Amy Kahn, Ph.D. Director of Diversity, University of the Rockies Corporate Headquarters: Colorado Springs, Colorado Website: Primary Business: Graduate school Revenues: $190.9 million... Amy Kahn – University of the Rockies

Amy Kahn, Ph.D.

Amy Kahn, Ph.D.

Director of Diversity, University of the Rockies
Corporate Headquarters: Colorado Springs, Colorado
Primary Business: Graduate school
Revenues: $190.9 million
Employees: More than 5,500

Vision of the Future

What diversity and inclusion challenges remain today?

The industry continues to be challenged by the meaning and nature of the work. A quick glance at current publications shows many definitions, functions and opportunities for the industry. Is diversity work about building organizational capacity and business opportunities? Is it about offering opportunity to emerging and underserved populations? I would argue that the reality intersects both objectives.

The conduct of diversity work is described in the literature with four components: meeting organizational requirements, honoring a sense of social responsibility, focusing on systemic change, and focusing on individual transformation. There is, however, a clear tension between the moralists’ and the pragmatists’ view of the work; this intersection of philosophy provides a platform of intellectual discourse and business confusion. Industry leaders and practitioners mix their passion for social responsibility and for meeting organizational requirements with a focus on the organizational system and/or on the individuals in the system.

Diversity & Inclusion is about three components: (a) raising consciousness about the impact that difference can have on a system; (b) teaching people the skills to respond to differences; and (c) shaping systems to align with differences. The challenge to the industry is clarity on the definition and scope of diversity work and strategic alignment of efforts to business objectives.

What programs/initiatives work best in your organization that other companies can benchmark?

The secret to effective diversity work is a focus on the details. What is it that people see when they are at your organization? Are pictures, posters, color schemes, magazines, people and other visual indicators representative of your definition of diversity? How are people treating each other? Practices, policies and procedures can and will speak volumes about the organization’s commitment to the work. The secret is to focus on the entire organization, its people and systems.

What is your advice for diversity officers/managers who are just starting out in their positions?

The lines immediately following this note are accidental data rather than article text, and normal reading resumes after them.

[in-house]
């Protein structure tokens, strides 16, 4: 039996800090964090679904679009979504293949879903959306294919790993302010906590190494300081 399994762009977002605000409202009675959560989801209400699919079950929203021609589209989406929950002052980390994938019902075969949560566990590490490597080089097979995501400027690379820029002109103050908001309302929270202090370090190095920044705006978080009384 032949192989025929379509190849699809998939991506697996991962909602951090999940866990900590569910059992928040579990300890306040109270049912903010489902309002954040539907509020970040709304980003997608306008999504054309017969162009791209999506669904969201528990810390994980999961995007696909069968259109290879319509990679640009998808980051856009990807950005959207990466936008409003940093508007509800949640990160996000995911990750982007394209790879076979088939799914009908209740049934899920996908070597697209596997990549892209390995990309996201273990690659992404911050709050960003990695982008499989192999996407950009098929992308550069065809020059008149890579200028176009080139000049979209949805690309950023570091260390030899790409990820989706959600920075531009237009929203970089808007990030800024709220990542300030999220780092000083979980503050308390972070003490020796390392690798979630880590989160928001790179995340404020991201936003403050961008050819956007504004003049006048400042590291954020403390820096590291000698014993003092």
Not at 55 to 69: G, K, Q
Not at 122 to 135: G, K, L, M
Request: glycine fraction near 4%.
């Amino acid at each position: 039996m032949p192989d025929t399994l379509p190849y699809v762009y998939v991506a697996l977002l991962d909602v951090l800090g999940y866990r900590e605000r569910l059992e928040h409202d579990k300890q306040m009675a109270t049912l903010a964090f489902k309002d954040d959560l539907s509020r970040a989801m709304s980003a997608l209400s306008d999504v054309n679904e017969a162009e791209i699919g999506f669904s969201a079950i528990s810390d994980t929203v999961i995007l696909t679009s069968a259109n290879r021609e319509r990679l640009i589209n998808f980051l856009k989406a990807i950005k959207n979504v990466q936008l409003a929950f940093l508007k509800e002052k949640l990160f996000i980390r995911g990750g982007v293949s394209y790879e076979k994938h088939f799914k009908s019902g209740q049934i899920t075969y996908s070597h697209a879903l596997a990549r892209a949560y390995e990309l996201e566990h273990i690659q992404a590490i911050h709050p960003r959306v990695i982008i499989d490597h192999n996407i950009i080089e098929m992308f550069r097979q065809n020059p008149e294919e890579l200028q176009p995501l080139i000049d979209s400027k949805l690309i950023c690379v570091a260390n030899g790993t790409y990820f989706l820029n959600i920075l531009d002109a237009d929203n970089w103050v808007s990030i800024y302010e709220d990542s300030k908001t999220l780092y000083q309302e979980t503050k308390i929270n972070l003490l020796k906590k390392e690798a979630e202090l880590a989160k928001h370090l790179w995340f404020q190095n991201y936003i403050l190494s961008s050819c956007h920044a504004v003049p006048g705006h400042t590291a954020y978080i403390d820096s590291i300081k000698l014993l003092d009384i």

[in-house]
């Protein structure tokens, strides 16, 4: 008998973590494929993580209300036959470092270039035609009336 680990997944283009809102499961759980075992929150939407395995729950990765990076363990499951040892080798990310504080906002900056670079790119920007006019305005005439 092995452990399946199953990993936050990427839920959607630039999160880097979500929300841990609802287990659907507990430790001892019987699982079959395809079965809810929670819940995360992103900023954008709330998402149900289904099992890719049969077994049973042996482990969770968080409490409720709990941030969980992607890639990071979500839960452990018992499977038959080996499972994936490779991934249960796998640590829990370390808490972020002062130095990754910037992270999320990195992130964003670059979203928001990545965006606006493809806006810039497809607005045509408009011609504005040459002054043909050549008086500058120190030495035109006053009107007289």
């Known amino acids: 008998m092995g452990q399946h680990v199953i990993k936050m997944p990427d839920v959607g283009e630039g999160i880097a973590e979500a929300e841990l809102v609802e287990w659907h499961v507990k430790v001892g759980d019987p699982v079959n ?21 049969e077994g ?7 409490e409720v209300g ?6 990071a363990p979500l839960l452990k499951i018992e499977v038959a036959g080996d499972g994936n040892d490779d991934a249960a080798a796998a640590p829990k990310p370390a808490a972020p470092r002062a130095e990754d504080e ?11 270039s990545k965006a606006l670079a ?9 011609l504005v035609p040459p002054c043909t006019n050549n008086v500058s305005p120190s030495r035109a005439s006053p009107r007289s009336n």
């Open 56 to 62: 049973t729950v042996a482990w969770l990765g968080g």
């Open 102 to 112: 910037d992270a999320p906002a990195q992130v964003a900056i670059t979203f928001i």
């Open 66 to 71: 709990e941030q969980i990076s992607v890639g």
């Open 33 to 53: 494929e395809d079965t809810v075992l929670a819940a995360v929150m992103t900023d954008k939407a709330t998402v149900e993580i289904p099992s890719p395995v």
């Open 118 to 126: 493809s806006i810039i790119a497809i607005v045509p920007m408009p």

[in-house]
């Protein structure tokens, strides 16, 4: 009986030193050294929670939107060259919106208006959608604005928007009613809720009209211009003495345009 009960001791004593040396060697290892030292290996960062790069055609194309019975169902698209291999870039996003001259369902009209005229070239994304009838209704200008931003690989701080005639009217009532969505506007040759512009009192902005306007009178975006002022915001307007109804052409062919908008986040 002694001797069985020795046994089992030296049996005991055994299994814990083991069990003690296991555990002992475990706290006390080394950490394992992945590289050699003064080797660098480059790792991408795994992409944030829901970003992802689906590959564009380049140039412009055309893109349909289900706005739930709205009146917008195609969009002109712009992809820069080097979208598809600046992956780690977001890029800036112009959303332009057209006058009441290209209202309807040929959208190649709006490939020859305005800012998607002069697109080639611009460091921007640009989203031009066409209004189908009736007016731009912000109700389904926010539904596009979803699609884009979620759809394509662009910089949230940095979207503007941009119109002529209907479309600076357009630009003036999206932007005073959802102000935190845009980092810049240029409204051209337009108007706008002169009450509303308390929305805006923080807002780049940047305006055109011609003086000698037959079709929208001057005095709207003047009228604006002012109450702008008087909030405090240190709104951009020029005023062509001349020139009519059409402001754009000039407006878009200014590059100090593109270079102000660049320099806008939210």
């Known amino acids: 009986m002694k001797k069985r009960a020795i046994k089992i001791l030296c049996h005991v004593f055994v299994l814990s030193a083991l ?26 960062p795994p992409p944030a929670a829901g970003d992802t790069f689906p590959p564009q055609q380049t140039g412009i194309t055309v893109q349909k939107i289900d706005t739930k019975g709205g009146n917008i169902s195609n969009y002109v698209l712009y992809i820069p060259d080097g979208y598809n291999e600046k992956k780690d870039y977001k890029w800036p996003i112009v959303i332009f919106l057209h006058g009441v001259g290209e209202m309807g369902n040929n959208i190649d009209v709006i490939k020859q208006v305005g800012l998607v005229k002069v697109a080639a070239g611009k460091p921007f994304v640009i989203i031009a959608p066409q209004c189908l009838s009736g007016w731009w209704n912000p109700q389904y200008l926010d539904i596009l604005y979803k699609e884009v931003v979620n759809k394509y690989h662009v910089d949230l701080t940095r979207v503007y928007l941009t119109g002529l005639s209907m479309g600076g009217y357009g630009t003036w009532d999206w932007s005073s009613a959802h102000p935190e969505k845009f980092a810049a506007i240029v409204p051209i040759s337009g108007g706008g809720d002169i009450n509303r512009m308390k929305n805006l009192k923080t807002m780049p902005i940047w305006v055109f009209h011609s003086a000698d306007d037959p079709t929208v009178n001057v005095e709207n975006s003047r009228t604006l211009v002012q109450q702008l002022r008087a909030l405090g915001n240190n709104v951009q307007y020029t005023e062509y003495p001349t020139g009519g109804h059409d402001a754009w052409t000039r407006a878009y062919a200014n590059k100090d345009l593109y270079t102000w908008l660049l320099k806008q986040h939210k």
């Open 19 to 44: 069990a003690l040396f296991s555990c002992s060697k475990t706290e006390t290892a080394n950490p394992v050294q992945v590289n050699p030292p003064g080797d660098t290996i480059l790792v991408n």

My advice for diversity officers is to enjoy the rich engagement afforded to individuals in diversity work, stay the course, forge relationships, listen closely to colleagues, and recognize that change requires continual assessment, learning, and realignment. When all of these things come together, there is a perfect storm for exceptional practice.
Remember that it is okay to take chances. Change is not always fun. So, when we remember to take the time to focus on our ultimate mission and vision, the job is invigorating, rewarding and worthwhile.
Have fun, focus on details, define the work, align the practice and measure results.


  • Charlene Center

    February 18, 2011 #1 Author

    Dr. Kahn
    I work in a very diverse workplace. Recently one of the secretaries was being fired. She is Hispanic and threatened to sue. The office manager felt that she was being “held hostage” and did not fire the woman. I think that was a mistake….Why should someone who is a minority and not doing her job have to keep her job simply to keep the office more diverse. By the way there is a woman of color who works there as well and does a very good job and will not be fired…..Any suggestions


  • Amy Kahn, PhD

    February 18, 2011 #2 Author

    This is an excellent question, Ms. Center. Your scenario exemplifies the importance of creating inclusive work cultures where employees recognize their contribution and feel empowered to make decisions that support the organization’s objectives. Organizations that value diversity hire the most qualified candidates for positions. These are the exact types of scenarios that can be avoided through well constructed systemic diversity initiatives. Employees should feel confident in their decisions to hire and to downsize. As Melissa Donaldson stated in her vision (on page 22 of the journal), “Diversity is tantamount to building great leadership.” I would suggest that the organization consider providing leadership training opportunities to enhance leader confidence and equip the team with skills to lead a diverse workplace.


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